Tuesday, June 17, 2014

Ravenous Blu-Ray Review

Reviewed by Allie Schembra
Inspired by twisted tales of cannibalistic survival like the real-life Donner Party, cult terror feature Ravenous graphically depicts a twist on an old cliché: You are who you eat. Directed by the late Antonia Bird (Priest), this unnerving cult thriller stars Guy Pearce (Iron Man 3, Prometheus), Robert Carlyle (TV’s Once Upon A Time), Jeremy Davies (Lost, Saving Private Ryan), Jeffrey Jones (Deadwood, Sleepy Hollow), John Spencer (The West Wing), Stephen Spinella (MILK, Royal Pains), Neal McDonough (Captain America: The First Avenger, Band of Brothers) and David Arquette (Scream 4). The film has steadily and deservedly grown a large following over the last fifteen years. 

Film (3 out of 5 stars)
There are few movies I've seen that gross me out enough and cause me to lose my appetite.  Ravenous is one of them.  I remember seeing this in the theater and thinking how gross it was.  The amount of blood and the killings didn’t bother me… it was the idea of what was happening. The movie starts off with the lone survivor of a massacre by the Mexicans during the Mexican-American war Lt. Boyd (Guy Pearce), getting promoted to Captain and getting assigned to Fort Spencer, high in the Sierra Nevada mountain range.  

After he arrives, he and the other residents help a man named Calhoun, who says his wagon train got lost and had to resort to cannibalism in order to stay alive.  The wagon train’s leader, Colonel Ives (Robert Carlyle), said he knew the straightest route to the Pacific Ocean, but ended up on a roundabout path that caused them to fall behind schedule and get lost.  The soldiers at the Fort organize a search party, but before leaving are warned by their Native American guide about the Wendigo – a man who turns into a demon after ingesting human flesh.

When the search party finds the cave where Calhoun says they took shelter, they realize that Calhoun is the one who killed all this companions and he sets about killing the soldiers. Captain Boyd only escapes when he jumps off a cliff.  After hitting the bottom, Boyd, who has a broken leg, hides in a ditch with the body of one of his partners.  When some time has passed, Boyd ends up eating a bit of the dead man’s flesh.  His leg begins to heal and he makes it back to Fort Spencer, where no one believes his story… especially after Ives arrives and is all cleaned up.

After one of the remaining soldiers turns up missing, Boyd is chained up. In order to prove the story of the Wendigo is true, Ives injures Boyd and tells him to either eat or die. Boyd ends up eating and gains the strength needed to recover and become healthy again.  He convinces Ives to free him from his chains and takes matters into his own hands in order to save others who might come across the residents of the Fort.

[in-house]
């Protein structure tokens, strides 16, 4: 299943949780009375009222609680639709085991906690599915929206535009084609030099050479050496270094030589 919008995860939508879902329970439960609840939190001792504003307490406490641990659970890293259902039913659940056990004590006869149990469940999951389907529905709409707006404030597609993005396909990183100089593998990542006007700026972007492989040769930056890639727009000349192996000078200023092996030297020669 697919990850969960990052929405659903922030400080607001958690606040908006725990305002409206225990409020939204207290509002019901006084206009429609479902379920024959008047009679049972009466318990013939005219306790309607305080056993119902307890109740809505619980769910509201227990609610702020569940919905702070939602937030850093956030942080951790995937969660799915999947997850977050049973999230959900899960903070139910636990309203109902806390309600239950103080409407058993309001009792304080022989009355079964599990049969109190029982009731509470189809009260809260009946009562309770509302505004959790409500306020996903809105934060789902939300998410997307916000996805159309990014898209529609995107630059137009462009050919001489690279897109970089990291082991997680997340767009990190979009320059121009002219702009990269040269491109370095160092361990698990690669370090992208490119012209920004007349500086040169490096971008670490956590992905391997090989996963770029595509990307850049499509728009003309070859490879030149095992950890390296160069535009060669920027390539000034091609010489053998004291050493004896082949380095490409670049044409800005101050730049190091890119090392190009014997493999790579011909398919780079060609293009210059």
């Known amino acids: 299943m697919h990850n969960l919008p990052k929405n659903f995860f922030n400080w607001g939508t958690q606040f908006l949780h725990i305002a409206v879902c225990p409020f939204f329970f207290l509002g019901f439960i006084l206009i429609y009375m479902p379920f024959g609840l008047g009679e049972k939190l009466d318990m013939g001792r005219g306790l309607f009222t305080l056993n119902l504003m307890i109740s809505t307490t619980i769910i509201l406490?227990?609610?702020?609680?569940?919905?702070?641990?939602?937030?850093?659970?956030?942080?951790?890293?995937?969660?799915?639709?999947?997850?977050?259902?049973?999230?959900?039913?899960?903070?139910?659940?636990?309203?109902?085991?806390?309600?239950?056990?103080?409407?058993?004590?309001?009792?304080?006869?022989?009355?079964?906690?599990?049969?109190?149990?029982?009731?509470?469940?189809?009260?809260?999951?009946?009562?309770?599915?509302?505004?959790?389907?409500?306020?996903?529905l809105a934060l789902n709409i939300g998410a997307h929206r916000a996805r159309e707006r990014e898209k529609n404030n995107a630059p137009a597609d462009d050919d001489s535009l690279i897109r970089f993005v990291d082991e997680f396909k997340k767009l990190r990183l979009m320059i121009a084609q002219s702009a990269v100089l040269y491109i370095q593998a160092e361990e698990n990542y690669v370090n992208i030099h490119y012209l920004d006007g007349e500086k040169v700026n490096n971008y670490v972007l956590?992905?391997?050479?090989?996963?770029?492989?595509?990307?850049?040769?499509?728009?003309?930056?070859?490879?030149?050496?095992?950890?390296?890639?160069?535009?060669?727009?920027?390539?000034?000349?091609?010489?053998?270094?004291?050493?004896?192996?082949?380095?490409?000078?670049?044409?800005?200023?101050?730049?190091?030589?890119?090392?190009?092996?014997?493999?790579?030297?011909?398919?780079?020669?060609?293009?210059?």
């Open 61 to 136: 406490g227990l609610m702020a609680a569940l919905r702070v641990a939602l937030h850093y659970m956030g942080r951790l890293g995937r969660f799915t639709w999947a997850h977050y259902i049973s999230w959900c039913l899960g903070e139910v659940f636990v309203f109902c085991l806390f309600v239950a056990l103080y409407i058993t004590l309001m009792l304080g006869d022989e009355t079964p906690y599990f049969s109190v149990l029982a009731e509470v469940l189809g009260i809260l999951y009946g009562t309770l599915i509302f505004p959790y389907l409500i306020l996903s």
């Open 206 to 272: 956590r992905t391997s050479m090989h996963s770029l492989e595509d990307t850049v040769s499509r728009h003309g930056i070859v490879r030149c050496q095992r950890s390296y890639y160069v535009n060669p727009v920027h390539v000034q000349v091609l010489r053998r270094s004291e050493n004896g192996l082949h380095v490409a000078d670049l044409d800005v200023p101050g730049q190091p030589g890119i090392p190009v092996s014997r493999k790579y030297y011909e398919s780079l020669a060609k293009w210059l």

Ravenous is a bit of a cross between a horror movie and a comedy. While not intentional, there are humorous parts of the film.  Mostly at the beginning, but I still found myself smiling.  Twisted, I know.  But there are moments where I thought it was kind of funny.  I enjoyed this movie the second time around.  I haven’t seen it since it was in the theater, but I don’t remember enjoying is as much as I did this time.
Video (3 out of 5 stars)
The 1080p high-definition widescreen (2.35:1) presentation of Ravenous was good.  It takes place in the wintry mountains of the Sierra Nevada, so colors were muted and not real bright.  The snow wasn't too white and everything looked natural.  Firelight was accurate and warm and the shadows cast by the light were good. 
Audio (3 out of 5 stars)
Ravenous is presented in English 5.1 DTS-HD master audio is good.  There is also an option for English 2.0 DTS-master audio and there is even an option to watch the film with only the music and audio.  Dialogue is intelligible and easily heard.  The background sounds are good and when the characters were walking in the snow, it sounded real and not like they were walking on white cornflakes.  For those who need them, English subtitles are available.
Extras (3 out of 5 stars)
There were quite a few special features on this Blu-ray.  I was impressed with what the film makers did with the features.
  • Interview with Jeffrey Jones  – Jeffery Jones talks about the film, the Mexican-American War and the different aspects of his character.  A good insight on the film and how many different ways the title of the film can be taken.
  • Deleted scenes – Very rough cuts of 10 different scenes from the film.  All good choices to have been left out.
  • Deleted scenes with commentary – The same 10 rough cut scenes with commentary from the director.
  • Theatrical Trailer – the theatrical trailer for the film.  The trailer makes the viewer think they are going to begin watching a comedy or a parody.
  • TV Spot – The commercial for the film.  Similar to the official trailer.
  • Photo Gallery: Costume Design and Set design – The gallery of drawings of the characters costumes, with some explanations as to what inspired these outfits.  Also, the designs of the set… how the Fort was created.  This is set to music, but is just a slide show.
  • Under the Audio Tab
    • Audio Commentary with Director Antonia Bird and Composer Damon Albarn
    • Audio Commentary with Screenwriter Ted Griffin and Actor Jeffrey Jones
    • Audio Commentary with Actor Robert Carlyle

Summary (3 out of 5 stars)
The second time around, I enjoyed Ravenous much more.  Despite the grossness factor of the topic of the film, I found it humorous at times and really liked how Robert Carlyle and Guy Pearce portrayed their characters.  Partly taken from the story of the Donner Party, Ravenous is an enjoyable film… if you call cannibalism enjoyable.

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